Relief teams dug through rose gardens at the headquarters of the Bangladesh Rifles Sunday, looking for more than 70 army officers still missing — and presumed killed — after a deadly uprising by paramilitary forces last week.
By late Saturday night, 72 bodies had been found floating in a river or in three mass graves inside the compound of the Rifles, or BDR, in the capital city, Dhaka, the Home Ministry said. Fifty of the dead were confirmed to be army officers, shot or stabbed to death. Another six were Rifles troops, or jawans. The rest of the bodies were too damaged for immediate identification, the ministry said. But four days since the rebellion, grieving family members keeping vigil outside the headquarters were losing hope of seeing their loved ones alive again. Some men quietly recited verses from the Quran, Islam’s holy book, or counted prayer beads. Several women howled in despair and collapsed hopelessly on the pavement. Sympathy for the mutineers has dried up, a Bangladeshi journalist said. “The first day of the incident, Bangladeshis were for the BDR. They thought they had legitimate concerns of army officer corruption and denial of basic necessities to them,” said Ashraf Kaiser, host of the television show, “Road to Democracy.” “But from the second day, when we started getting news of missing officers and seeing pictures of one body after another being pulled out, the perception changed,” he said.
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One can see the shift in the media coverage of the mutiny, he said. “What was being called Pilkhana revolt or rebellion” — named after the area of the city where the BDR compounds are located — “is now being dubbed the Pilkhana massacre.” Prime Minister Sheikh Hasina initially earned high marks for persuading the jawans to surrender in exchange for amnesty. But now she finds herself in a delicate balancing act: trying to appease an army that demands the killers, who stubbed out the lives of so many of its officers, be punished. She met for hours Sunday with the army’s top officials, and made several concessions. A committee the Home Ministry set up to investigate the mutiny will be shuffled to include more members from the army’s ranks. She has also backtracked from her promise of amnesty. Killers will face trial, she said, and ordered jawans to return to their posts or report to police stations by the end of the day Sunday. Hundreds of jawans lined up at a field outside the Pilkhana headquarters, insisting to reporters they fled the compound during the rebellion. They kissed their loved ones as they waited, assuring wives and fathers they were innocent but asking for their prayers. The fear of a military take-over is a pervasive one in Bangladesh. The country has experienced a series of coup since its independence in 1971, including one that killed Hasina’s father — the country’s independence leader. The current government itself came to power in December, after two years of an army-backed rule. “Hasina has her responsibility to keep peace and tranquility and so she did what she did,” said Aneeqa Khan, a student who lives not far from the BDR headquarters. “And you can’t fault the army from reacting. They lost so many people.” The military did its part to allay fears of retaliation. “I believe if exemplary punishment is meted out to the people involved directly or indirectly in the mutiny, it will help pacify the anger among our officers and soldiers,” Brig. Gen. Mahmud Hossain told reporters. The standoff started Wednesday when BDR troops rebelled against their commanders. The BDR is a paramilitary force distinct from the army, but its commanders are career army officers. The Rifles is responsible primarily for guarding the country’s borders. The force, more than 65,000-strong, also takes part in operations such as monitoring polls. The troops staged their rebellion on the second day of BDR Week, when officers and troops from various BDR outposts along the border were in the capital for celebrations. Discontent had been bubbling for years in the ranks of the BDR, who complained their army superiors dismissed their appeals for more pay, subsidized food and their requests to participate in United Nations peacekeeping operations — which pay far more than what they make at home.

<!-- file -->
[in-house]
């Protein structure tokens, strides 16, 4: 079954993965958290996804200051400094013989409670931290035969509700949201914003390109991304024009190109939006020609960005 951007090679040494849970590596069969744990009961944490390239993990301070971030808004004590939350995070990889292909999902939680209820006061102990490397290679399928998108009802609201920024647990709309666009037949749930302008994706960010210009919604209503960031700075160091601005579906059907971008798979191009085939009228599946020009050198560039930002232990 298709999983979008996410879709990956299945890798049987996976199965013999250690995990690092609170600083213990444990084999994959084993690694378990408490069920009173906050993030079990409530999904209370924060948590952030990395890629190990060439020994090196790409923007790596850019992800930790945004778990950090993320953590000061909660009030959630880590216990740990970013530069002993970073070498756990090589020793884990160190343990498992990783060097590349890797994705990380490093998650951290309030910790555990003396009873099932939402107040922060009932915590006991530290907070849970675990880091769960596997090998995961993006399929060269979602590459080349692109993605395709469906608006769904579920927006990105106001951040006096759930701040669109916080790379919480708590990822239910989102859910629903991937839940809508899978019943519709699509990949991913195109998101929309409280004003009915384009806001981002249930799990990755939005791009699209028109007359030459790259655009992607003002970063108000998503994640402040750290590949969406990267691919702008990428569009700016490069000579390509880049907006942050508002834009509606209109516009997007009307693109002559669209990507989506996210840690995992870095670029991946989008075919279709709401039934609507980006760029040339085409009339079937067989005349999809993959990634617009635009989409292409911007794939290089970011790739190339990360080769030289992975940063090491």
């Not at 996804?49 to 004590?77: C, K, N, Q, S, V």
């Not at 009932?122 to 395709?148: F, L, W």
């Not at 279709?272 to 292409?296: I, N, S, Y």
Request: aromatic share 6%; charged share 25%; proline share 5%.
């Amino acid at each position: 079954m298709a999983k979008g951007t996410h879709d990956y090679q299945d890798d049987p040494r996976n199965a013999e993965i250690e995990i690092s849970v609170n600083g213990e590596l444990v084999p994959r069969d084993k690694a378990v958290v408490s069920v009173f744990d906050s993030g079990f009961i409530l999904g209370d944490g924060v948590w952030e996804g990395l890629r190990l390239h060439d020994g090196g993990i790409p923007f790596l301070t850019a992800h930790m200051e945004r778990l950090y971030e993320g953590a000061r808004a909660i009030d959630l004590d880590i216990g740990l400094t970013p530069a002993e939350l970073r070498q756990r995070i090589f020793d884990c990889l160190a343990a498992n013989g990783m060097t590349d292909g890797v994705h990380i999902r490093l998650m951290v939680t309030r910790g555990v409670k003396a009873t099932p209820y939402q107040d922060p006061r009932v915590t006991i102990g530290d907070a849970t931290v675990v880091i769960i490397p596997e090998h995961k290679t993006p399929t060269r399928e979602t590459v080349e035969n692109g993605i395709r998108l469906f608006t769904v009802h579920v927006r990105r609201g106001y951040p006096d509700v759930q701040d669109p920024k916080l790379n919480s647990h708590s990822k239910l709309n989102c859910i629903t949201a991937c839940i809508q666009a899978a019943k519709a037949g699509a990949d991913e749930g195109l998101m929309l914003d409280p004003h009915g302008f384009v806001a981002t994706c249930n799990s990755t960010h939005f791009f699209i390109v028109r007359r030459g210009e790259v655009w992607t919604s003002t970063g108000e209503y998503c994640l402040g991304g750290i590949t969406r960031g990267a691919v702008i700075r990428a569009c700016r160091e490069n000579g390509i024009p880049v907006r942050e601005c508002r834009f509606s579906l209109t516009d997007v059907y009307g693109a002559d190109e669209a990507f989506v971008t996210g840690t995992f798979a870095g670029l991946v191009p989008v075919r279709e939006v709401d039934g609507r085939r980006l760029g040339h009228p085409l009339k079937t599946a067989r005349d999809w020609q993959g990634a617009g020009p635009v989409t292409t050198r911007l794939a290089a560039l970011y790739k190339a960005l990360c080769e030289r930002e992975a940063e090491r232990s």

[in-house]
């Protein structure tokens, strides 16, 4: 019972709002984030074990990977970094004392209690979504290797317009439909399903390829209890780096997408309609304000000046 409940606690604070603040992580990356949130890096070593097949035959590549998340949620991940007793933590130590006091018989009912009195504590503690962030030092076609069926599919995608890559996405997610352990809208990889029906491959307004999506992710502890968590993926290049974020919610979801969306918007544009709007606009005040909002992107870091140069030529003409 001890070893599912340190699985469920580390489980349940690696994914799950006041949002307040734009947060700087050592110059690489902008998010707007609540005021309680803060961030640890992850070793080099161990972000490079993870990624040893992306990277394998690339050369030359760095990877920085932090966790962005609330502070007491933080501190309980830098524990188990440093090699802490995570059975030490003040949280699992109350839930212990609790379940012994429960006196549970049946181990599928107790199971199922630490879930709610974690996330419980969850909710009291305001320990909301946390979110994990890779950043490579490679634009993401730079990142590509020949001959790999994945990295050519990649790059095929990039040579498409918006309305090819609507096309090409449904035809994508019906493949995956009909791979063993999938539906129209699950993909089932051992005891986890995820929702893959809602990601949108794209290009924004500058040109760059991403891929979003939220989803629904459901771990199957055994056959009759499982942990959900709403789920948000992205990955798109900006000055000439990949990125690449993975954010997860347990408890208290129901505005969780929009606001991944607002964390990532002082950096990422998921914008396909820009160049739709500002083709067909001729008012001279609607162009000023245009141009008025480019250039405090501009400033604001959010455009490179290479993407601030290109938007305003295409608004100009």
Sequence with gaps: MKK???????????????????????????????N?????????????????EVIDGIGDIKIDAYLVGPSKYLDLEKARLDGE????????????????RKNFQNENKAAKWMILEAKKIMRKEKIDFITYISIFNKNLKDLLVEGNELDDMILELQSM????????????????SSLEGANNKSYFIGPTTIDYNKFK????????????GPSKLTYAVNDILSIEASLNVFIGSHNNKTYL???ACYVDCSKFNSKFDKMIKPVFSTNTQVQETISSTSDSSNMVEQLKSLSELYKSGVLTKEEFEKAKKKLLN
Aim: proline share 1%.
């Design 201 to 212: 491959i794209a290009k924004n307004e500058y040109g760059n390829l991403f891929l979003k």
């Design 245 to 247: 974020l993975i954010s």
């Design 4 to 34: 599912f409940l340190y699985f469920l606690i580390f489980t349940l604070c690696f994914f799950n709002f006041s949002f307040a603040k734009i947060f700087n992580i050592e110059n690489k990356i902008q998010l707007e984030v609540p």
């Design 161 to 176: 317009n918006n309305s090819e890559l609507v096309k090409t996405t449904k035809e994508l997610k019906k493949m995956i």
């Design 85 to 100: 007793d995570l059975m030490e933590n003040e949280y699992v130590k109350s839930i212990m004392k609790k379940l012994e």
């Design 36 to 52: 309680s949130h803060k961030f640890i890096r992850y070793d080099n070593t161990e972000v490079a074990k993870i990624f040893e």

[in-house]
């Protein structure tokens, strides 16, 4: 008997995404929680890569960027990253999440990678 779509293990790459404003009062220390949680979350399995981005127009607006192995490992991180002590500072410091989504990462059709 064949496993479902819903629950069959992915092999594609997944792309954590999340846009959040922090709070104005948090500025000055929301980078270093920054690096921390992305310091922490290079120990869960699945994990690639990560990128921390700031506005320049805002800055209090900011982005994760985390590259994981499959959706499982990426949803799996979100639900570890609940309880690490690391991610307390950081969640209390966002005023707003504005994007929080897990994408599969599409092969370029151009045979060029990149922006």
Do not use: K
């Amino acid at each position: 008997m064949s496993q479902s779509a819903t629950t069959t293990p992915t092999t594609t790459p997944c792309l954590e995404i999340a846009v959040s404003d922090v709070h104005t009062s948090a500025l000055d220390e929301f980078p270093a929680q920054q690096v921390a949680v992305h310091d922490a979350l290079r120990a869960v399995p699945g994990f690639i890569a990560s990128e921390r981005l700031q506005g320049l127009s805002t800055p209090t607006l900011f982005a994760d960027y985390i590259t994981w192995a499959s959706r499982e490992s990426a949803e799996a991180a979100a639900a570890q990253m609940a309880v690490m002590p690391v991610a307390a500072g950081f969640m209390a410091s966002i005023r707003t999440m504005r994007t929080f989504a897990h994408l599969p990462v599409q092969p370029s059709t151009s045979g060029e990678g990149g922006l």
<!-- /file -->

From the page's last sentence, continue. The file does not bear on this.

Bangladesh and its South Asian neighbors are the largest troop contributors to U.N. peacekeeping operations. During the stand-off, dozens of officers were killed. Some bodies were dumped in mass graves. Others were tossed in sewers that emptied into the Buriganga River, where they floated for miles before being retrieved.